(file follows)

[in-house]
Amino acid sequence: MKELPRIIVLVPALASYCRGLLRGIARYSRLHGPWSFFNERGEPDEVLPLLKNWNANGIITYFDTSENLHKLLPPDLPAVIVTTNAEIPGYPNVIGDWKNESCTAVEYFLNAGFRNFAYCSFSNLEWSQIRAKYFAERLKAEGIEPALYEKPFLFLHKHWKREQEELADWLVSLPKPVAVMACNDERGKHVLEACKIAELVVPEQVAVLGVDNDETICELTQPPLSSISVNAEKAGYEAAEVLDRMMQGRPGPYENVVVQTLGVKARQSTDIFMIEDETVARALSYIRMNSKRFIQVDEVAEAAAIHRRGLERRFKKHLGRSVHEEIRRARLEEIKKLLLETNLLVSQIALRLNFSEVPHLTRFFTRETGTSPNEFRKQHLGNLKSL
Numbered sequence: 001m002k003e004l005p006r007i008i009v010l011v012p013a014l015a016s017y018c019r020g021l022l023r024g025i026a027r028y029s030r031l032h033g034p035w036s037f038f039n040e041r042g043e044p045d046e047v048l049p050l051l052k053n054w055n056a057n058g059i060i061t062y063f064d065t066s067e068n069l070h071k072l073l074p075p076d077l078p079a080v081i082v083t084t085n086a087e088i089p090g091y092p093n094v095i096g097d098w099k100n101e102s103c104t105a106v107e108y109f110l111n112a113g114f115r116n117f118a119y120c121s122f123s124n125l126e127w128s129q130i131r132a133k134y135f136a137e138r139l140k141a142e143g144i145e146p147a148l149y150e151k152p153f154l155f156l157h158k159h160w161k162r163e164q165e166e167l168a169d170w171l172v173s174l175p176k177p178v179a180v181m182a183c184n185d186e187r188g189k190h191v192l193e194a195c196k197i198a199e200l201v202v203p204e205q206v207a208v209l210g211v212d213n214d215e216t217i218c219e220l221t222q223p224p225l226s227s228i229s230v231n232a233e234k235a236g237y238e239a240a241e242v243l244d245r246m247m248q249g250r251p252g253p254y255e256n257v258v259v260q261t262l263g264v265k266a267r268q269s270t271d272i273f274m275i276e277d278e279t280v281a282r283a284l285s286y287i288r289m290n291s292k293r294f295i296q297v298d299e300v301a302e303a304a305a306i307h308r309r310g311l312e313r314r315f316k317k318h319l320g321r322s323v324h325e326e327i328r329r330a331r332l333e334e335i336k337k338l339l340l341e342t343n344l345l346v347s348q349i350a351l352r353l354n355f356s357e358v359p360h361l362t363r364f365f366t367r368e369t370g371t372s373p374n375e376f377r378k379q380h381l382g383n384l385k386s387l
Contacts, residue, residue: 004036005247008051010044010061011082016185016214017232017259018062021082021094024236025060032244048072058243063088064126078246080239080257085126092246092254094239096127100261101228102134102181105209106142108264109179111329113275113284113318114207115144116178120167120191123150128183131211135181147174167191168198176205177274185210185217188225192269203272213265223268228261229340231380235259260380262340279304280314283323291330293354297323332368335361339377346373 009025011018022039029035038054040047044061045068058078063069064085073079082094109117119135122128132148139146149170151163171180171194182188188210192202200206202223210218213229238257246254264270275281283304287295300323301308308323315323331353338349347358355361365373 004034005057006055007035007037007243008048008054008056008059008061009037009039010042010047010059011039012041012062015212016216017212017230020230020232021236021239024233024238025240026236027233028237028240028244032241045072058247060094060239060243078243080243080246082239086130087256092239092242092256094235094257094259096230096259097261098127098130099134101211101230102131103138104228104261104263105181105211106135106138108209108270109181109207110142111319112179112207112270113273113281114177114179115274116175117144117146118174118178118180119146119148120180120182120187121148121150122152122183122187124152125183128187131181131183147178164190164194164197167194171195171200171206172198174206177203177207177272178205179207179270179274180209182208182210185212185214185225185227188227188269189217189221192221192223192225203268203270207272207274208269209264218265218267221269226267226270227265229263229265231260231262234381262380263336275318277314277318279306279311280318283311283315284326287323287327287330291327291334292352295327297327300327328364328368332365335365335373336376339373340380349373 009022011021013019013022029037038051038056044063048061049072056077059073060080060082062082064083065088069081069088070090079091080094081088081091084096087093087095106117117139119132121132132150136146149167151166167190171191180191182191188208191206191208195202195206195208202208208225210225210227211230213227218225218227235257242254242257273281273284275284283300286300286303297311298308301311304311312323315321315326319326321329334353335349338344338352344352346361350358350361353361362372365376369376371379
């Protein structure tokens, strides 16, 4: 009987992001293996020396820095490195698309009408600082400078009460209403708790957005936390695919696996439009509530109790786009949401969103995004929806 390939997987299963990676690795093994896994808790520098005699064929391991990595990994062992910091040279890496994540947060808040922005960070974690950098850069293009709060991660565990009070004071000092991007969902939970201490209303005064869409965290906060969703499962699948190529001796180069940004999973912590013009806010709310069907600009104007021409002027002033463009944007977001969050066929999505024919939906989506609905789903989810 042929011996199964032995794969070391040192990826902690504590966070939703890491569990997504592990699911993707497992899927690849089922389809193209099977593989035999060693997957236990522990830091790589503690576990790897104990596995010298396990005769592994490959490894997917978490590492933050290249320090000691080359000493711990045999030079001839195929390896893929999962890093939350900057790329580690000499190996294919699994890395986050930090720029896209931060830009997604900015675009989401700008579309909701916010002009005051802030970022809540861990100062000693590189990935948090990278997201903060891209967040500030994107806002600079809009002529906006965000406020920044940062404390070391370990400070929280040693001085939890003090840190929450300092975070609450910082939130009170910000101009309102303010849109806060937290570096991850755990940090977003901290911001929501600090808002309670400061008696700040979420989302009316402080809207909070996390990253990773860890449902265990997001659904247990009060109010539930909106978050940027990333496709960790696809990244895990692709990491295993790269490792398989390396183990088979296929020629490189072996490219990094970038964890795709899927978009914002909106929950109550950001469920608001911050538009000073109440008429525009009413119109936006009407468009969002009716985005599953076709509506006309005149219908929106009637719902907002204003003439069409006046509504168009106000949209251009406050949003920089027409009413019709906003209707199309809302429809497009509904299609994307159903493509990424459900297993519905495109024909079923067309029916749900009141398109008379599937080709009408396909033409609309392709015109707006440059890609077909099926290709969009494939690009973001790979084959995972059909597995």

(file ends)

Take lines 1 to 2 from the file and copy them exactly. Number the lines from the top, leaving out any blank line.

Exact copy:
[in-house]
Amino acid sequence: MKELPRIIVLVPALASYCRGLLRGIARYSRLHGPWSFFNERGEPDEVLPLLKNWNANGIITYFDTSENLHKLLPPDLPAVIVTTNAEIPGYPNVIGDWKNESCTAVEYFLNAGFRNFAYCSFSNLEWSQIRAKYFAERLKAEGIEPALYEKPFLFLHKHWKREQEELADWLVSLPKPVAVMACNDERGKHVLEACKIAELVVPEQVAVLGVDNDETICELTQPPLSSISVNAEKAGYEAAEVLDRMMQGRPGPYENVVVQTLGVKARQSTDIFMIEDETVARALSYIRMNSKRFIQVDEVAEAAAIHRRGLERRFKKHLGRSVHEEIRRARLEEIKKLLLETNLLVSQIALRLNFSEVPHLTRFFTRETGTSPNEFRKQHLGNLKSL